Visiting the Old Dutch Church in the Time of COVID-19

The Old Dutch Fest is Cancelled

Photo Credit: Historic Hudson Valley

There is a historical marker in front of the Old Dutch Church that describes how it has been in continual use since 1697, except during the American Revolution. And if you’ve read my previous blogs you know that Westchester County was a dangerous place to be back then, as farmers took up arms to protect their families and property in the fight for independence. And if you walk through the burying ground you will find signs of disease that sometimes swept through the region taking the lives of young and old. The Couenhoven family lost three children on September 24th, 1794. But in the 10 years that I’ve been a volunteer at the Old Dutch Church I could never imagine that our doors would be closed in the 21st century due to a pandemic. By now, preparations should be well under way for the annual Old Dutch Fest that welcomes hundreds of visitors every weekend of October. But I’m sorry to say, our doors are closed this year. So we may have to revise that signage.

We missed our summer season at the Old Dutch because of COVID-19. In the winter months my congregation worships at our more modern 1837 church a mile south of the Old Dutch. We move our services north during the summer months when Sunday school is held in the burying ground and different musicians are invited to add their distinctive musical styles to a more relaxed and oft-times contemplative service. I missed sitting on the old wooden pews looking through the neo-gothic windows to the ancient stones in the burying ground. Our community quickly adapted to a Facebook live platform for weekly worship, but I think we all long for that peaceful feeling that embraces you when you cross the threshold of the Old Dutch. This is one of the reasons we look forward to sharing this space with visitors. But this summer the Old Dutch was a solitary place where you might catch a glimpse of our pastor Jeff Gargano riding a lawn mower or Sleepy Hollow Cemetery Superintendent Jim Logan making his rounds.

There’s nothing more beautiful than the Old Dutch Church in the fall. If you don’t believe me, this is how Washington Irving described the area as Ichabod Crane started off on his journey to the Van Tassel farmstead:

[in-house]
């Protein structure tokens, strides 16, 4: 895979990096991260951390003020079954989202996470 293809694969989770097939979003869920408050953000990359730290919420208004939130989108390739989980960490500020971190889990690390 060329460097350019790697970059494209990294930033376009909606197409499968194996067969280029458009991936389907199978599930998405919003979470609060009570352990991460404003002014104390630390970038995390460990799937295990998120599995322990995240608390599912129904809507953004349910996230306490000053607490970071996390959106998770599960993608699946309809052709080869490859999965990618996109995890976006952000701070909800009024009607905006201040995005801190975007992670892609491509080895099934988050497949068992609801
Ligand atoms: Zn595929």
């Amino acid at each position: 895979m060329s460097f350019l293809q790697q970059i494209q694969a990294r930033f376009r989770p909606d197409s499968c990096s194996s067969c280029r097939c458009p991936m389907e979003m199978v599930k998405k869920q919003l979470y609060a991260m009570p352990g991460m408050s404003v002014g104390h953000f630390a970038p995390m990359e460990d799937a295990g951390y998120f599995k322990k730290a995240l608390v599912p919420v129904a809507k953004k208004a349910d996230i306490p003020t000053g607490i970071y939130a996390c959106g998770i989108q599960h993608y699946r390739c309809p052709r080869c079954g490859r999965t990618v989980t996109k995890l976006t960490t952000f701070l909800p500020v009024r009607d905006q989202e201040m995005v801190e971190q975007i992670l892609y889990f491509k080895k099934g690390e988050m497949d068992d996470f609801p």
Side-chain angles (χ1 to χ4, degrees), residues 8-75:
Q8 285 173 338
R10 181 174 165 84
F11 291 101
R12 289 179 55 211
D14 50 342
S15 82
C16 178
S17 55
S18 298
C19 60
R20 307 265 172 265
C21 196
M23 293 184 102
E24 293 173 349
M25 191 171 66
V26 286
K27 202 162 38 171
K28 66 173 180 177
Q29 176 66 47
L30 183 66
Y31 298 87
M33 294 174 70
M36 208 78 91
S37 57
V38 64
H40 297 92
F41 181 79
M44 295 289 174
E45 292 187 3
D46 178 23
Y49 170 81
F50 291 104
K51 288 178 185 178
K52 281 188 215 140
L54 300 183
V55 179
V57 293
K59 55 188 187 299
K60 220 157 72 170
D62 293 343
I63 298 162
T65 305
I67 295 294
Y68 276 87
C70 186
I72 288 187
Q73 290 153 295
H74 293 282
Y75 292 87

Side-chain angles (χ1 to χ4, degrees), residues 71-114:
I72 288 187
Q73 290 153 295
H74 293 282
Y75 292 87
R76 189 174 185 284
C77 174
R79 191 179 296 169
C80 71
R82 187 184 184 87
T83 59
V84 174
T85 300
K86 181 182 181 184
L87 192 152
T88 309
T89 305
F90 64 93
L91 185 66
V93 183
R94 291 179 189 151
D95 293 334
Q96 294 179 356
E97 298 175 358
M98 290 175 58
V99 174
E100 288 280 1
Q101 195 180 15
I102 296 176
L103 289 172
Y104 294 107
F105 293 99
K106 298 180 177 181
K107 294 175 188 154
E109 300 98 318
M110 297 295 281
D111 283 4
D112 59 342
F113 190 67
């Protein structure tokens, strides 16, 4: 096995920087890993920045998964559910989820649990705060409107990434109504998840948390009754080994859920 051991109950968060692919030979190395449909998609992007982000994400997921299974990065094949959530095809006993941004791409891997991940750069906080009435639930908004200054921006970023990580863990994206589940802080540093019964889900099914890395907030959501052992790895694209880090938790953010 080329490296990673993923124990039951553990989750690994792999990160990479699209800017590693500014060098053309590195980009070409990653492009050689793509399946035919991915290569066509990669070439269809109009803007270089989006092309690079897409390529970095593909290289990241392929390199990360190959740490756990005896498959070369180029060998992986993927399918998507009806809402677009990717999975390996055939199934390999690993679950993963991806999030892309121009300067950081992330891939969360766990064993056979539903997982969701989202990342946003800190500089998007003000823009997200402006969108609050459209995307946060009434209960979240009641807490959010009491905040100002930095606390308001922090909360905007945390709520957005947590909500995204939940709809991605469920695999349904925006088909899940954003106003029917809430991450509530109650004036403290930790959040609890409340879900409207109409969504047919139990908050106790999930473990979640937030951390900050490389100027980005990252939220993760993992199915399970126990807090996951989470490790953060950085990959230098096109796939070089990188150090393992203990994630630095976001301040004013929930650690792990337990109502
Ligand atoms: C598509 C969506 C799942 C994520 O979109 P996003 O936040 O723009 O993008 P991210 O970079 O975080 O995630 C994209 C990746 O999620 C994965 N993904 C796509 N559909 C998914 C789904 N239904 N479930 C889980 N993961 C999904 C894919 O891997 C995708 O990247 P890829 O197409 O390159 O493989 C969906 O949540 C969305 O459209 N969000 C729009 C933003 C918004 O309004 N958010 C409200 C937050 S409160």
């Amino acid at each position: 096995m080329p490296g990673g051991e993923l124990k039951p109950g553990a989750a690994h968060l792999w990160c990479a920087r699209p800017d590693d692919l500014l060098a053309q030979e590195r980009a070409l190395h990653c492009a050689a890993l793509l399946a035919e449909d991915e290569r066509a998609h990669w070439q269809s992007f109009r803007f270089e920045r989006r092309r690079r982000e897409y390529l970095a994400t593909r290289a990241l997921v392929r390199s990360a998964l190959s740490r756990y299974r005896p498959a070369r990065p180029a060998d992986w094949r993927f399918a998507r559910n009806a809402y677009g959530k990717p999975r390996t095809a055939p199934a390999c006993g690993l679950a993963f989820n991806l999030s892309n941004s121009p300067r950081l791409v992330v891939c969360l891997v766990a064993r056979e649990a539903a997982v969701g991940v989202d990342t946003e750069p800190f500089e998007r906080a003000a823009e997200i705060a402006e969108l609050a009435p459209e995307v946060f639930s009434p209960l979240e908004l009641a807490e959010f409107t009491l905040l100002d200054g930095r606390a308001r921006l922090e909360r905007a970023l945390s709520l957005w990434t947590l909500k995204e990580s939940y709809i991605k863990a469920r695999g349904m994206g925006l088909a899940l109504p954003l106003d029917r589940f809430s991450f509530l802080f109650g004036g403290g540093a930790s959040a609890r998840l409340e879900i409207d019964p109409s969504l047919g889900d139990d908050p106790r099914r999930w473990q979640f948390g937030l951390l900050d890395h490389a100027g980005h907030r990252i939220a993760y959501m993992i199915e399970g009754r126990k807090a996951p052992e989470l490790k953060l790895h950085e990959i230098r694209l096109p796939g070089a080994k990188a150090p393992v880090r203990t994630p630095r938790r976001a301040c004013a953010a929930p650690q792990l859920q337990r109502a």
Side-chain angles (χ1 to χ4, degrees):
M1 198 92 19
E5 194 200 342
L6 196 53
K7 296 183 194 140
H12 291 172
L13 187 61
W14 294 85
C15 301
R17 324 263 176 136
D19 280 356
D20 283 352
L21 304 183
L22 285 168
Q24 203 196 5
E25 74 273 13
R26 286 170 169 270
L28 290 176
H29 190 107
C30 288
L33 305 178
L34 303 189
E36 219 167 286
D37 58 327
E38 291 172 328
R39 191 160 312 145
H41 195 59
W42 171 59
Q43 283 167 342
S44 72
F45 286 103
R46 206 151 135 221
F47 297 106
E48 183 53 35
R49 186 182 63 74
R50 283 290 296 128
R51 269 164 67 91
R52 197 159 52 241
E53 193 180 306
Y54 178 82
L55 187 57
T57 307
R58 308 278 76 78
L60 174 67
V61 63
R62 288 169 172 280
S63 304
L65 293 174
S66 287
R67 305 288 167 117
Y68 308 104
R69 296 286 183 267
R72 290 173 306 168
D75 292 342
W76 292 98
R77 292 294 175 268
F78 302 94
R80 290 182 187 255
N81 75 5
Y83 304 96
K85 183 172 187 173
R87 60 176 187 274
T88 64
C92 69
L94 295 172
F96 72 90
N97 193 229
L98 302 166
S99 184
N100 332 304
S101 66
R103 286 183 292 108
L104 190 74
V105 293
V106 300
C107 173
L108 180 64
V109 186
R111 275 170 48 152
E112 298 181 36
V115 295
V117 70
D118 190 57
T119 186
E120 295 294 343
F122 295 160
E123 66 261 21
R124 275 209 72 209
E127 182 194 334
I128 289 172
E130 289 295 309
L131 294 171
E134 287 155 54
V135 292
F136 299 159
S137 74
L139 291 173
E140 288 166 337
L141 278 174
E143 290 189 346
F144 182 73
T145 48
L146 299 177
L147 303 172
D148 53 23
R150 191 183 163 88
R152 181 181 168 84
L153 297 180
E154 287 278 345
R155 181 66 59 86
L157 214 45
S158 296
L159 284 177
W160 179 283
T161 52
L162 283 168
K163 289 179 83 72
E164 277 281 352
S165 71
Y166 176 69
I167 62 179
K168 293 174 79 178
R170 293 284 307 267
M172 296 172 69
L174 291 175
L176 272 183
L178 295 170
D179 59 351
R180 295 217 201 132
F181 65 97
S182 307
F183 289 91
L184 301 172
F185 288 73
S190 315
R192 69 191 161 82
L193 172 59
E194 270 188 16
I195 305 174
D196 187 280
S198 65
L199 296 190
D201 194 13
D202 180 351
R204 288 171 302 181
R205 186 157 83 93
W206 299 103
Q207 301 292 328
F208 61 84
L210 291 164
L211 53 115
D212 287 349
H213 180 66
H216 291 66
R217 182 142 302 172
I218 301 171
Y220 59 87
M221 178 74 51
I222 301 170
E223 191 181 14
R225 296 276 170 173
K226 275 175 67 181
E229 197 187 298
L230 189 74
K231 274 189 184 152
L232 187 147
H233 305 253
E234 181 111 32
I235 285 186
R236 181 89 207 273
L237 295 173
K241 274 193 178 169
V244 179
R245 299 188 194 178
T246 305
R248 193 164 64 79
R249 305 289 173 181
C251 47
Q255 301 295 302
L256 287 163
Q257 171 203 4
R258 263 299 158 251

“The sky was clear and serene, and nature wore that rich and golden livery which we always associate with the idea of abundance. The forests had put on their sober brown and yellow, while some trees of the tenderer kind had been nipped by the frosts into brilliant dyes of orange, purple, and scarlet.”

The burying ground needs a lot of attention. The economic hardships brought on by the pandemic forced us to rely on volunteers to maintain the burying ground, which is older than the 335-year old church. Mowing, weeding, and clearing downfallen tree-limbs are just some of the tasks performed by members of the church.

Two of those members, Greg and Stephanie were supposed to get married here in May. They love the Old Dutch and are solid fixtures at all of our events. The cook brats, make festive baked goods, and tell stories during the Dutch Fest. But this year they stepped in as groundskeepers.

Greg Morehouse at work with his pruning sheers. Photo: Stephanie O’Dea

We have to be vigilant in the aftermath of a storm. It doesn’t take much to damage the old headstones.

Photo Credit: Stephanie O’Dea
Greg up a tree checking for damage. Photo: Stephanie O’Dea

Earlier this summer the church youth cleared the burial plot of Amanda and Henry Foster. Henry and Amanda, who herself escaped from slavery, helped to establish the AME Zion Church of Tarrytown in 1860 – the oldest African-American church in Westchester County. Henry died shortly thereafter, but Amanda continued the work and the church became a stop on the Underground Railroad. Amanda is remembered as the “Mother of the Church”. The church is working on new signage to better tell the amazing story of Amanda Foster. If you want to visit this spot walk up the hill in the burying ground along Rt 9 towards the edge of Sleepy Hollow Cemetery. The grave site is in the northwest corner of our burying ground.

Burial site of Amanda and Henry Foster Photo: Stephanie O’Dea

You can see that even though we haven’t been worshipping at the Old Dutch, we’ve been busy taking care of this historic property all summer. While the church doors still will be closed this fall, the burying grounds are open to visitors at the hours posted for our neighbor, Sleepy Hollow Cemetery, where Washington Irving and his family rest in peace. Face masks must be worn at all times and social distancing will be observed. Church volunteers and Sleepy Hollow Cemetery staff may be on sight for your safety as well as that of the historic grave markers. The Headless Horseman is taking a break, but promises to return next October.

Until next year! Photo: Janie Couch-Allen


See our friends at the Historical Society who are conducting a limited tour schedule this fall. Part of the proceeds will go to the Old Dutch maintenance fund.

Pick up a free copy of the Legend of Sleepy Hollow and read it together as a family. Or better yet, think about listening to it while you carve your Halloween pumpkins. Sleepy Hollow’s historian Henry Steiner offers a historically annotated version which is my favorite.

Click here to make a financial donation to help us maintain this historic church and burying ground. Choose the amount you would like to donate and the second screen will allow you to choose “ODC Grounds Keeping”. Your contribution is greatly appreciated!


  1. We are all missing our blessed Old Dutch this year! I look forward to doing all we can to support the maintenance and refurbishment of this community treasure. Thank you Deb, Pastor Jeff and the team at the Old Dutch!

    Maria Canales


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